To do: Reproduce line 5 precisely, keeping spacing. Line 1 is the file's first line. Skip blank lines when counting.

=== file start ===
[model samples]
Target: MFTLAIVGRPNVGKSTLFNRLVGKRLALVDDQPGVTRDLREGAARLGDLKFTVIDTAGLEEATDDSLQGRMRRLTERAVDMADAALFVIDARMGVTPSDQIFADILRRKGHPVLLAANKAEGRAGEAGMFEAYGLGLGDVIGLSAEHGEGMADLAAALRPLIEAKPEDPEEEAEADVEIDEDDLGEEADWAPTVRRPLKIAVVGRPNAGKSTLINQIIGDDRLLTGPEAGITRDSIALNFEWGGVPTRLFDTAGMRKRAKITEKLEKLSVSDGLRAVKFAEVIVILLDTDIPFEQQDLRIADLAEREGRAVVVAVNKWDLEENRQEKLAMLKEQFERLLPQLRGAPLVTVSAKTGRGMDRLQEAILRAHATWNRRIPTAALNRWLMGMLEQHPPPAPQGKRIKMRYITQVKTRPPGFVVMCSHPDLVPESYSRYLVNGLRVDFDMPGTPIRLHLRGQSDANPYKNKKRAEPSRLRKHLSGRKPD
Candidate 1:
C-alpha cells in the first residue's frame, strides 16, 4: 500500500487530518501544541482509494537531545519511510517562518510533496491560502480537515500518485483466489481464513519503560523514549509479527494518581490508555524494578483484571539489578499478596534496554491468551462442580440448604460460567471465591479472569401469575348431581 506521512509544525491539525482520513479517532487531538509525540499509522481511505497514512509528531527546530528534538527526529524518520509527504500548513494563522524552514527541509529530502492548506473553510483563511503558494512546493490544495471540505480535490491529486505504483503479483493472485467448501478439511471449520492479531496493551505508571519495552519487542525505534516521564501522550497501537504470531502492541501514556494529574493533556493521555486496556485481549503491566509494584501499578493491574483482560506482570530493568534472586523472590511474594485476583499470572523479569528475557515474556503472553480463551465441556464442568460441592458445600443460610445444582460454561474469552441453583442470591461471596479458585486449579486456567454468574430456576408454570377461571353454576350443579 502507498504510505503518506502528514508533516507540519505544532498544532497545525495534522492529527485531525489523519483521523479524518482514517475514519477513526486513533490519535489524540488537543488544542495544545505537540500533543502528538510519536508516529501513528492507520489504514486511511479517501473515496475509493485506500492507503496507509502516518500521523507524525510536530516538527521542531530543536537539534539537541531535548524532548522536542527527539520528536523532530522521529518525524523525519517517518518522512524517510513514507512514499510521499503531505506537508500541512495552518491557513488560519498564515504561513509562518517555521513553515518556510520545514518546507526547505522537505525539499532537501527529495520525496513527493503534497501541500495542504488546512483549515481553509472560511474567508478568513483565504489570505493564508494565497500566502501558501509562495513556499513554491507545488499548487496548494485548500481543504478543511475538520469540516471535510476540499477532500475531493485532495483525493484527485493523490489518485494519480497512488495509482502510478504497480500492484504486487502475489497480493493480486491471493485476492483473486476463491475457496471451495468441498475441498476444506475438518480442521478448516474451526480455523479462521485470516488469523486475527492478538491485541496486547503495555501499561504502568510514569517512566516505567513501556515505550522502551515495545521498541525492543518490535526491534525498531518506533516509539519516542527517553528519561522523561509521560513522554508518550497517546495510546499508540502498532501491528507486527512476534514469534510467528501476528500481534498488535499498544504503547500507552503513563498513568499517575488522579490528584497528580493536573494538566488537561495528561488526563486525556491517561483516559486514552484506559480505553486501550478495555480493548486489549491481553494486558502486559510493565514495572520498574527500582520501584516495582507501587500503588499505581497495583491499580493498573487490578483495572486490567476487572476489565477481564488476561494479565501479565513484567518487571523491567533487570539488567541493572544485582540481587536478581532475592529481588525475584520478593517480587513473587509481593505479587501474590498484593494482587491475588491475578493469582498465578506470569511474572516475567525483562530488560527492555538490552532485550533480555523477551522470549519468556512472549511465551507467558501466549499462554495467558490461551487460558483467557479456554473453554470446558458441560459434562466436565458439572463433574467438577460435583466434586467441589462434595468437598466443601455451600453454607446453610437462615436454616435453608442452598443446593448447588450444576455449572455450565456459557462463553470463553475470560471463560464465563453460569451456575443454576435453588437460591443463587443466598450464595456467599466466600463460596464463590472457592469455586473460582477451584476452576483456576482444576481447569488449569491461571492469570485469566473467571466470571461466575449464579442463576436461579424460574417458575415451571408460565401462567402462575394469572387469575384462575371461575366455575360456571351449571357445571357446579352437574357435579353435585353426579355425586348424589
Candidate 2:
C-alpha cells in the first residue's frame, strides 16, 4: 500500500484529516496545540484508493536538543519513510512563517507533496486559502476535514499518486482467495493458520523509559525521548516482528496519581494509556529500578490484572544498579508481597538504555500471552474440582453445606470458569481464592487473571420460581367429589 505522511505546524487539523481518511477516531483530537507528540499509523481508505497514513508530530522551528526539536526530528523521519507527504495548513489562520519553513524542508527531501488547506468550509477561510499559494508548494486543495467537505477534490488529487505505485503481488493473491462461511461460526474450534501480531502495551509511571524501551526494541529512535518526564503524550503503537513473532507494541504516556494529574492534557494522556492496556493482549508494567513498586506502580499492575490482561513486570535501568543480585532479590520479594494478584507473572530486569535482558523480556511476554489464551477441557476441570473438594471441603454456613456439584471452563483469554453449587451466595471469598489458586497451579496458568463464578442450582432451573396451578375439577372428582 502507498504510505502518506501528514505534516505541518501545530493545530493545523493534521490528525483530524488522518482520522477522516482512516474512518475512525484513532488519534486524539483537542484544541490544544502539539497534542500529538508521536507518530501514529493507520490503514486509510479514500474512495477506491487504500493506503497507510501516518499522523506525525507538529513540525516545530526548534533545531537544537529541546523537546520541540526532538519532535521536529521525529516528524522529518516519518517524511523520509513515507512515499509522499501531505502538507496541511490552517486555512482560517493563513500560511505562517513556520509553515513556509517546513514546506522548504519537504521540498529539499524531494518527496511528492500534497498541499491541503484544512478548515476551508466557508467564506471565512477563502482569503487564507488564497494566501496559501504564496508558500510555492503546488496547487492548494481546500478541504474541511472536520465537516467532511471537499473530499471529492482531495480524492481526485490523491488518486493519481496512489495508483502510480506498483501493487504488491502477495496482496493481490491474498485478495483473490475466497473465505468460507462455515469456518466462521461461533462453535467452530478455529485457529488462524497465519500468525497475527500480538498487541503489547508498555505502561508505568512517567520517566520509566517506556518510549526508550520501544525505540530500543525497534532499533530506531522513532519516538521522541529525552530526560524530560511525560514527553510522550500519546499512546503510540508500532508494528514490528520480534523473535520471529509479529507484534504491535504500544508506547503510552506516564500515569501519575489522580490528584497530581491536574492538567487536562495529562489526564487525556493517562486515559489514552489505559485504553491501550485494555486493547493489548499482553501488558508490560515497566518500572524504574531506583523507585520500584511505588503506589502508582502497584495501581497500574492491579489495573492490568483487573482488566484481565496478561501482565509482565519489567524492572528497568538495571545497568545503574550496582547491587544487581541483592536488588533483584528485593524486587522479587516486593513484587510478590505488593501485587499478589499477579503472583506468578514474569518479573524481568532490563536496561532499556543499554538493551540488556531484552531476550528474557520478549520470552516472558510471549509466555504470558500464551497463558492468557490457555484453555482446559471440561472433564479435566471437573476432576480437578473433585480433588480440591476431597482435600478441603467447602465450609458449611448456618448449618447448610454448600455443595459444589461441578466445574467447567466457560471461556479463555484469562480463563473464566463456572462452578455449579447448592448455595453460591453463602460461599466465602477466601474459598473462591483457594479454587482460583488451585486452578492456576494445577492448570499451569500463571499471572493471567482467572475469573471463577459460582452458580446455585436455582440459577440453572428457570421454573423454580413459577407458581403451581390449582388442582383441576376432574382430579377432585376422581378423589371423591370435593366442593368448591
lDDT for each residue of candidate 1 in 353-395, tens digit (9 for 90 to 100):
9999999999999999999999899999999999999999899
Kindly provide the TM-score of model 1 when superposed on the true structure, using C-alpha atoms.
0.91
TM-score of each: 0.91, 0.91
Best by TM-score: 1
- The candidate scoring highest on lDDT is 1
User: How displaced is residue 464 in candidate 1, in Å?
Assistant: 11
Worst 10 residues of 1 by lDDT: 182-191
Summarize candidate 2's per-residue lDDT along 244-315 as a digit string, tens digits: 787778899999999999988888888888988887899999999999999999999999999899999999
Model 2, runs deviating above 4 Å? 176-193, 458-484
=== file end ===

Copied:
Candidate 2: